Tuesday, February 2, 2016

The Feast of the Presentation

Today we celebrate the Feast of the Presentation of Jesus at the Temple, the ritual purification of the mother and the required presentation of new male babies and to make a sacrifice that was to happen 40 days after birth.  We read about this event in the second chapter of Luke.

It's been 40 days since Christmas--and this year, Lent begins next week.  But let's not get ahead.

Two things leapt out at me as I read the text for today.  The first is that Mary and Joseph make a sacrifice of turtledoves, which means they couldn't afford a lamb.  I think of the themes of poverty that wind their way through the Bible.  I think of God's habit of appearing where we least expect to find the Holy:  in the small corners of Empire, amongst the poor and outcast, in the body of a tiny baby.

I also think of Simeon, who has been promised that he would see the Messiah--and so he waits and he waits and he waits.  But finally, at the end of his life, he does hold the light of the world in his hands.

Imagine it:  to hold the light of the world in your hands.  In so many ways we still do.  We carry the light of the world inside us.  How can we, as embodied light from God, deliver this light to the world?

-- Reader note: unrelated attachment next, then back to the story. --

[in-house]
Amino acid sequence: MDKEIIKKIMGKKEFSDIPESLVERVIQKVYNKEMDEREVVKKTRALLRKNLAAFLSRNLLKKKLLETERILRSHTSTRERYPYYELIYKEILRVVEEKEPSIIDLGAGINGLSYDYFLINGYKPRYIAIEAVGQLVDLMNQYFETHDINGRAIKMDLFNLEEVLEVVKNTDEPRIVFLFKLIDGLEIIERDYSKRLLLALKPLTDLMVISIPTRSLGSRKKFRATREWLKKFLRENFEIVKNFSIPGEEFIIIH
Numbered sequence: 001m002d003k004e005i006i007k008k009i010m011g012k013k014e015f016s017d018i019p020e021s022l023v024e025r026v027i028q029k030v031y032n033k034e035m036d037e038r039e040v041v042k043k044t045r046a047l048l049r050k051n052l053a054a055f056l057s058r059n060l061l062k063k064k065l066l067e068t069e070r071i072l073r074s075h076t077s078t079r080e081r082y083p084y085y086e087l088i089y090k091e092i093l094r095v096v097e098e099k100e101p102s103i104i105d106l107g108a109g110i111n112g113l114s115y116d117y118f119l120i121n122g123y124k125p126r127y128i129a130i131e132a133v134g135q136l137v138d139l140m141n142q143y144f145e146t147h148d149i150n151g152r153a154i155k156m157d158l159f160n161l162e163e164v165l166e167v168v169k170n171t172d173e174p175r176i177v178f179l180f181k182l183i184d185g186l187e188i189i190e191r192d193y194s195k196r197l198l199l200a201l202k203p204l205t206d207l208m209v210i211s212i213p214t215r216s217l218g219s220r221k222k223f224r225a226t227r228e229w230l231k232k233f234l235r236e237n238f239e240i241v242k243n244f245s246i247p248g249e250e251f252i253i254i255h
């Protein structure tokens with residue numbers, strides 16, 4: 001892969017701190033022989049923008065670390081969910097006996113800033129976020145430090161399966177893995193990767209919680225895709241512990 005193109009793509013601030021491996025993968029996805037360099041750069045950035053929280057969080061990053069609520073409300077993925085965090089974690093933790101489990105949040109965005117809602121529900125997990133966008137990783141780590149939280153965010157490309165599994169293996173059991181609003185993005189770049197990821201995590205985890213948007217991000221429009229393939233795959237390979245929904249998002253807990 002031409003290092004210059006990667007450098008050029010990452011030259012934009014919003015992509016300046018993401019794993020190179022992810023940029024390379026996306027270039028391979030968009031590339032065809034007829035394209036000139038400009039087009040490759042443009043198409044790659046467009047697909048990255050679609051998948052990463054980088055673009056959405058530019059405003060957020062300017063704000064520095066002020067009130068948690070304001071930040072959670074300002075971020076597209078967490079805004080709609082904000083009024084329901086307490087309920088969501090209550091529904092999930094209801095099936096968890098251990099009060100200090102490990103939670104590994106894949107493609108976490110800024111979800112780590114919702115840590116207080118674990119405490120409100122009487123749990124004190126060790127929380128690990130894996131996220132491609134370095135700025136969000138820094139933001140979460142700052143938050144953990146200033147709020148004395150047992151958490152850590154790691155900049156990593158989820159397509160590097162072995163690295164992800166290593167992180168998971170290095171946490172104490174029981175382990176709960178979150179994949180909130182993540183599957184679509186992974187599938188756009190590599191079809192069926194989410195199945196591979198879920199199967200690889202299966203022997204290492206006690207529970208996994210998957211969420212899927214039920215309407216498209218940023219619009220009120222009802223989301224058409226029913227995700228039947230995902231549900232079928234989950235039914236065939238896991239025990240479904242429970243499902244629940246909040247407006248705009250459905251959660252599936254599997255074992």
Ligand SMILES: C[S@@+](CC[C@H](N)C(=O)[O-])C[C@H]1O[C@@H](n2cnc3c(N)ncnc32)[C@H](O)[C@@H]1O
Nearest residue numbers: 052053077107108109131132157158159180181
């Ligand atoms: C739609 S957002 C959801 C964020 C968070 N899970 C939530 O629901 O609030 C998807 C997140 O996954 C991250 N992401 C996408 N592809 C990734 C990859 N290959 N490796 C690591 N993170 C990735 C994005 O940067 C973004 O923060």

The Gospels show us that we have a role to play, even if we are not the Messiah.  Every person is important, even if we're part of the marginalized populations of our societies:  female, poor, old, less educated--the list could go on and on.  But God can use us all.

Some churches and monasteries will bless the year's supply of candles this time of year--in some traditions, we call today Candlemas.  I love this tradition.  Today would be a good day to light a candle and to think about our own lights.  Are we dimly burning wicks?  Take heart--the Bible promises that we can still be useful.  Does our light burn pure and true?  Take care to protect that flame.

Today is the last day of Christmas, but most of us bid that season goodbye 30-40 days ago.  Today would be a good day to give ourselves one last gift:  a meal together with those whom we love perhaps, or some down time to do the activities which bring us joy.

In this way, we can cup our hands around our candlelit lives, which may feel a bit flickery.  In this way, we can protect our dimly burning wicks so that we can live to blaze another day.

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